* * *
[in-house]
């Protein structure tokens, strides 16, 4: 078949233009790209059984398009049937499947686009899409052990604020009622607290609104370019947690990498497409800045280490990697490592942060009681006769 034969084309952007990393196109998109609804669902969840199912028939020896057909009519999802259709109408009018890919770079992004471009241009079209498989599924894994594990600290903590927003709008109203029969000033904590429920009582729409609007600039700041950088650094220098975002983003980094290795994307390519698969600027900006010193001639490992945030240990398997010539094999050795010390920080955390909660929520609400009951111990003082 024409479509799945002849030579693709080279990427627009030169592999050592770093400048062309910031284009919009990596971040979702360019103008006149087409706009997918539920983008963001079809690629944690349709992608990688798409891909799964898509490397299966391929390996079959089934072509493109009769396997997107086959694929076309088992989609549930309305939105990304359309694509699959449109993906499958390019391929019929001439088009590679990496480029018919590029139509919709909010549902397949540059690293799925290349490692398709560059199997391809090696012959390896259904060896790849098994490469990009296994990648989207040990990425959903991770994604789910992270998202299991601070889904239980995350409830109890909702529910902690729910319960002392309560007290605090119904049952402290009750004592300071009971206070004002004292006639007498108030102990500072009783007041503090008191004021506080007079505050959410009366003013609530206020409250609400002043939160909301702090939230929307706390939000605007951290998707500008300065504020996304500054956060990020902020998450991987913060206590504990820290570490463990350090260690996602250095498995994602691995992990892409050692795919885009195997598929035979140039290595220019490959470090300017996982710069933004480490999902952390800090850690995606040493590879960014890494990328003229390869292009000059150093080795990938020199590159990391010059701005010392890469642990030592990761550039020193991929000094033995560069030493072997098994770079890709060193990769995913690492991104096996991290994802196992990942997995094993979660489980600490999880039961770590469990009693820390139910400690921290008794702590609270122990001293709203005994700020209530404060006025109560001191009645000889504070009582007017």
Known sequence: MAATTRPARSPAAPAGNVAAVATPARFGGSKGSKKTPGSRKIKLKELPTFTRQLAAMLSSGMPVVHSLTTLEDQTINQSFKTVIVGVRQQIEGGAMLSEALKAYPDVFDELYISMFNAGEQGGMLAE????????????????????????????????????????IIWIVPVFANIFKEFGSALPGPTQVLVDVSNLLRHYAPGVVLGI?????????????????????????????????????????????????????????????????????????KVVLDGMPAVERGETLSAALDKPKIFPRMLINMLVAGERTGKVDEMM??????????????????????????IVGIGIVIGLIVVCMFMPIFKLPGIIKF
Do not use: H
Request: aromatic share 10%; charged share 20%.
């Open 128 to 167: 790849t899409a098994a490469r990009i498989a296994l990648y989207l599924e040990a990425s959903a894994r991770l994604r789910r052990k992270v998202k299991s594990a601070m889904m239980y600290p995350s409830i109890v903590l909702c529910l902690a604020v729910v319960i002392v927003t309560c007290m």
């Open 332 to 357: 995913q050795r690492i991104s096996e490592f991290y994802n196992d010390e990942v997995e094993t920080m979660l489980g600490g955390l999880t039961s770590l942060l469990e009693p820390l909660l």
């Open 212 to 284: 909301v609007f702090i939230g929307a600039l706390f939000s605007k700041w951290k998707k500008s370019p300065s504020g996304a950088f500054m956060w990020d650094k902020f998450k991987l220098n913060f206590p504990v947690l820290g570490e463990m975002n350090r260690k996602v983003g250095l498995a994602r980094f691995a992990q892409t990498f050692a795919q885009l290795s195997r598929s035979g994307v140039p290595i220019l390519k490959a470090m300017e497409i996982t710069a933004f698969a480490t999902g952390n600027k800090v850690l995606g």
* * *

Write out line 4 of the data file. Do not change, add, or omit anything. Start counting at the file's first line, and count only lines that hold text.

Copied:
Do not use: H